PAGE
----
Outside review: Child welfare agency not responsible for Fitchburg boy’s death
BOSTON (AP) -- Massachusetts’ children welfare agency should not be held responsible for the death of a 5-year-old boy whose family was under state supervision but officials did not do enough to protect the boy, according to an outside review released Wednesday.
The report from Child Welfare League of America into the Department of Children and Families following the disappearance of Jeremiah Oliver also raised a number of significant concerns about the agency, including staffing problems and inconsistent handling of cases due to out-of-date policies.
Jeremiah’s body was discovered along a highway last month. Relatives said the Fitchburg boy hadn’t been seen since September but police weren’t told he was missing until December.
The league concluded that while there is significant evidence some DCF staff didn’t do their jobs, "there is not evidence that DCF’s actions and failures caused Jeremiah’s death or that DCF could have prevented the tragic outcome."
"We’re not saying the department is off the hook, what we are saying is there is not enough evidence that the department is on the hook," said CWLA official Linda Spears. She said the department failed Jeremiah and his family.
The boy’s mother and her boyfriend have been charged with kidnapping and assault and have pleaded not guilty. Three DCF employees were fired and a fourth disciplined after a state investigation revealed missed social worker visits and other failed opportunities to engage with the family.
In its report, the league said DCF is understaffed and its policies and protocols largely out-of-date resulting in inconsistent handling of cases across regional offices. The report also said DCF is serving more children than at any time in the past two decades and that current caseload outstrips the capacity of the workforce.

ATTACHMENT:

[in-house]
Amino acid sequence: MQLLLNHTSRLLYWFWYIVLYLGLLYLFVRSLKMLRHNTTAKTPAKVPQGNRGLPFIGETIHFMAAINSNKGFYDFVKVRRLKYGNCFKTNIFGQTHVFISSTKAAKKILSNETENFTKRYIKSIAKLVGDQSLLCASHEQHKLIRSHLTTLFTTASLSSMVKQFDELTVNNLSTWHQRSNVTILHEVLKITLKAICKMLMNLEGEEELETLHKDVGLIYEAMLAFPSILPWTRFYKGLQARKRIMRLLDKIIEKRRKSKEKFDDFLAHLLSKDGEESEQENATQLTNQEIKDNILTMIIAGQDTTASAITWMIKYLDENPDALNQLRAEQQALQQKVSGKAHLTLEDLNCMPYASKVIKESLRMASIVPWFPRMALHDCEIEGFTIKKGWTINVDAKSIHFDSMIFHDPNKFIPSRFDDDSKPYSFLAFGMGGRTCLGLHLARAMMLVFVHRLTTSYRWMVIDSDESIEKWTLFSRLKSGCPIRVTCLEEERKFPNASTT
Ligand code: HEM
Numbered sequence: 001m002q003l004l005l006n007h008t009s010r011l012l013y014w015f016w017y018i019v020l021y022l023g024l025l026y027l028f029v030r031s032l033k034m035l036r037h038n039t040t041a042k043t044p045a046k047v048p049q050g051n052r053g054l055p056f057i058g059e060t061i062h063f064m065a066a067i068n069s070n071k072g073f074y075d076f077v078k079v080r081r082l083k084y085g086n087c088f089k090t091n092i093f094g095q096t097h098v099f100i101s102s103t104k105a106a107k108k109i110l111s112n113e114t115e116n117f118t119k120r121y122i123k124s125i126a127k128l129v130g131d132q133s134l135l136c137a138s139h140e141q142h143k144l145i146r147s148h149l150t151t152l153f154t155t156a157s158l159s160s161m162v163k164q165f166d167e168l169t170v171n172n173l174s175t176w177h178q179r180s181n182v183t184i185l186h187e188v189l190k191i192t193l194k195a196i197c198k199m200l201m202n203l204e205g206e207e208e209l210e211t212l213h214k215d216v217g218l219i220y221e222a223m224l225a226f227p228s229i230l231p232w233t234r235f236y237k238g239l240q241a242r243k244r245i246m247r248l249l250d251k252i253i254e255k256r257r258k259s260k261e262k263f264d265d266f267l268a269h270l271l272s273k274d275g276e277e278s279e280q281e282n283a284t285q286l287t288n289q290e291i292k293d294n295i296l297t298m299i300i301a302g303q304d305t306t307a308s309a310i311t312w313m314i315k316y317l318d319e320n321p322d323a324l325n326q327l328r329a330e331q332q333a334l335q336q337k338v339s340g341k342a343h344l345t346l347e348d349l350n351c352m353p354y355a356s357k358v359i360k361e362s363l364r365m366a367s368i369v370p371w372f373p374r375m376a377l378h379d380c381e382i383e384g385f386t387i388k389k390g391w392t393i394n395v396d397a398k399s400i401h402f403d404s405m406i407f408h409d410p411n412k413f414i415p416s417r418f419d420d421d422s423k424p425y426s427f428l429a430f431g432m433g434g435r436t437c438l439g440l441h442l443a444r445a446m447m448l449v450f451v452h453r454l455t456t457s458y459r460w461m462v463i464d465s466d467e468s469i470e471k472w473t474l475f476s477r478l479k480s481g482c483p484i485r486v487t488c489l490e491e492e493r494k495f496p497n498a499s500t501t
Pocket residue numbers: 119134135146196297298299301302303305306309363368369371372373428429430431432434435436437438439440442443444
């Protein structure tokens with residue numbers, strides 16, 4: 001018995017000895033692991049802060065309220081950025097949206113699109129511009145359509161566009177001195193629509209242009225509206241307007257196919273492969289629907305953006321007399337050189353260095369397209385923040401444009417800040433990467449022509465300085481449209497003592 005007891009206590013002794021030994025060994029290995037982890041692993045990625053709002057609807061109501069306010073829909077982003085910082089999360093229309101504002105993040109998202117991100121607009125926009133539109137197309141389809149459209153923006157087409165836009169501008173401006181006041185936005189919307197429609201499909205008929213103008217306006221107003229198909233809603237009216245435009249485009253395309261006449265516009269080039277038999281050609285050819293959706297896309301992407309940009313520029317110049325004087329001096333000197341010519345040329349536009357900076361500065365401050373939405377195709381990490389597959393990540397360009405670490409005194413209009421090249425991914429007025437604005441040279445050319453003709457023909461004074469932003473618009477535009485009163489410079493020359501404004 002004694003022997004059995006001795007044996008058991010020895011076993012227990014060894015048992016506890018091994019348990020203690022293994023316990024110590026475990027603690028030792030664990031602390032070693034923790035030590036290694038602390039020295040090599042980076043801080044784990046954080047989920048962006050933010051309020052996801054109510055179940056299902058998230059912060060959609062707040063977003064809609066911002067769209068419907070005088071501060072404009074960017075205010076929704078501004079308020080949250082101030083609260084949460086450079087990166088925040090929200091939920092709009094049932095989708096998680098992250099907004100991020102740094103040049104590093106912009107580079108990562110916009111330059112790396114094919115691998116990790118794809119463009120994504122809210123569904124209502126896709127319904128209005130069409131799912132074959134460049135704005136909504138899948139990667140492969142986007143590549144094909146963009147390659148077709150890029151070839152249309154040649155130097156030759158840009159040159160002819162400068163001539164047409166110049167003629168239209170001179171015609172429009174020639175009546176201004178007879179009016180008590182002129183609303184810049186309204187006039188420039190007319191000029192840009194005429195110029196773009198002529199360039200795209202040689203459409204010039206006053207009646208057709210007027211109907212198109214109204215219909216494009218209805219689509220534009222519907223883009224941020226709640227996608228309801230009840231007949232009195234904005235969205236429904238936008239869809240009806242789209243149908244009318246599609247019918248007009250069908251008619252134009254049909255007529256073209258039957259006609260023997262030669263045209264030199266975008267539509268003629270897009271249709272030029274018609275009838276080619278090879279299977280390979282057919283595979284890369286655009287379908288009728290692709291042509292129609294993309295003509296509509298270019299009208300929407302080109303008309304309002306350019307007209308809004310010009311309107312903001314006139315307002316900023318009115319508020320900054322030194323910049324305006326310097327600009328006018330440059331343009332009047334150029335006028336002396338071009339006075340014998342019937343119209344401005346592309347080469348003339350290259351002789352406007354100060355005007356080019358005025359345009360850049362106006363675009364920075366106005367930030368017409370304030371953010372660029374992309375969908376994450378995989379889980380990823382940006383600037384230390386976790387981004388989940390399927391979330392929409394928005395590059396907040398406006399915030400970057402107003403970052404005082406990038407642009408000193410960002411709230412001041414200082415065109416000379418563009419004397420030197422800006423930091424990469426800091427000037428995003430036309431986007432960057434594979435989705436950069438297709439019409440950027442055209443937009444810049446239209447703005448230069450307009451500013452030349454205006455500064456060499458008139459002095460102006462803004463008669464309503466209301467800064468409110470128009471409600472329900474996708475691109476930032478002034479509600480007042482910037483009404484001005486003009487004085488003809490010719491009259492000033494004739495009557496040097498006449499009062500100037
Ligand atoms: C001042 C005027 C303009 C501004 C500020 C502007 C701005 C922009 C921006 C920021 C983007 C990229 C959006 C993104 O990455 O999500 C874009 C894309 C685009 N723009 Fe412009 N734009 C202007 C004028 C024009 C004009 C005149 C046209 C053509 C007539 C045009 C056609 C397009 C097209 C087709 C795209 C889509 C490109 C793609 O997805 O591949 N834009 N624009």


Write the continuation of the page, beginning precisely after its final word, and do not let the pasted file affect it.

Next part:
Secretary of Health and Human Services John Polanowicz said the administration has set a goal of 15 cases per social worker. The current ratio is just under 20 cases per worker. Polanowicz said an additional 200 workers have been hired since January, but with retirements and other staff reductions the net gain has been about 90 social workers.
The league made several recommendations including giving social workers in the field access to smartphones. Polanowicz said the state is providing 2,000 computer tablets to social workers to let them check their email and access other online information.
Gov Deval Patrick has asked for an additional $9.2 million to hire more DCF workers and improve technology in his state budget request for the fiscal year that begins July 1. House and Senate versions of the budget have added to that number. A final budget is still being hammered out.
Polanowicz said the report cost the state $150,000.
Former Commissioner Olga Roche resigned under pressure from lawmakers last month after the deaths of two other children who were being monitored by state child welfare officials.
Spears said the challenges facing the agency are more endemic than a single individual.
Polanowicz said a search is continuing to replace Roche and that interim DCF Commissioner Erin Deveney is included in that search.
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